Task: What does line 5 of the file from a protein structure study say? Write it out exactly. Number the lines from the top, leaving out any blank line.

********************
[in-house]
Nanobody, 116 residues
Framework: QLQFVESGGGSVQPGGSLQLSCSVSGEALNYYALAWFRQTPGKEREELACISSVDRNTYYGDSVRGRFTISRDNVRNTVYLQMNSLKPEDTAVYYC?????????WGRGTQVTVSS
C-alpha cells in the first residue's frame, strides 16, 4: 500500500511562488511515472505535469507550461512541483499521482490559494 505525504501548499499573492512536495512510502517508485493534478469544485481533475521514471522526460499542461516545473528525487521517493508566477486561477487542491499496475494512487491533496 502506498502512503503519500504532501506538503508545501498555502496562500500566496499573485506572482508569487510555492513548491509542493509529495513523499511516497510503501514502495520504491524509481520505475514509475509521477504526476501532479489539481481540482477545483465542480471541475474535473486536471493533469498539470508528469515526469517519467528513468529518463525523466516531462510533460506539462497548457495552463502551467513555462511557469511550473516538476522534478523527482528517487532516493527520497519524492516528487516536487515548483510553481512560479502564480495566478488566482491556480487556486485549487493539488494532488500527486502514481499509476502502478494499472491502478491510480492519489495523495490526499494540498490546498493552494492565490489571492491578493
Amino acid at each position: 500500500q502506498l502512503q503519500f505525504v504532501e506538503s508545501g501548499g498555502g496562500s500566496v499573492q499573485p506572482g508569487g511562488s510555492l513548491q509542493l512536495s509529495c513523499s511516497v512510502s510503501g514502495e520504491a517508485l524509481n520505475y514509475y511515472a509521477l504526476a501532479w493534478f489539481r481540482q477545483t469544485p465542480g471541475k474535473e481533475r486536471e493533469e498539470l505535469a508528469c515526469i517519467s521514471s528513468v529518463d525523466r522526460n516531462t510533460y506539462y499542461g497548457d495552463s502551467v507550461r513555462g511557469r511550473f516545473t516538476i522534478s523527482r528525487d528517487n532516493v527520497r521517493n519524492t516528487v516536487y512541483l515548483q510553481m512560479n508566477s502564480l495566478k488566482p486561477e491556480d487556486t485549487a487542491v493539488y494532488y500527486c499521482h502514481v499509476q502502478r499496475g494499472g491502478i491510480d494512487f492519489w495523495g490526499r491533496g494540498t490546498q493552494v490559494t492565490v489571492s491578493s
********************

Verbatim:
Amino acid at each position: 500500500q502506498l502512503q503519500f505525504v504532501e506538503s508545501g501548499g498555502g496562500s500566496v499573492q499573485p506572482g508569487g511562488s510555492l513548491q509542493l512536495s509529495c513523499s511516497v512510502s510503501g514502495e520504491a517508485l524509481n520505475y514509475y511515472a509521477l504526476a501532479w493534478f489539481r481540482q477545483t469544485p465542480g471541475k474535473e481533475r486536471e493533469e498539470l505535469a508528469c515526469i517519467s521514471s528513468v529518463d525523466r522526460n516531462t510533460y506539462y499542461g497548457d495552463s502551467v507550461r513555462g511557469r511550473f516545473t516538476i522534478s523527482r528525487d528517487n532516493v527520497r521517493n519524492t516528487v516536487y512541483l515548483q510553481m512560479n508566477s502564480l495566478k488566482p486561477e491556480d487556486t485549487a487542491v493539488y494532488y500527486c499521482h502514481v499509476q502502478r499496475g494499472g491502478i491510480d494512487f492519489w495523495g490526499r491533496g494540498t490546498q493552494v490559494t492565490v489571492s491578493s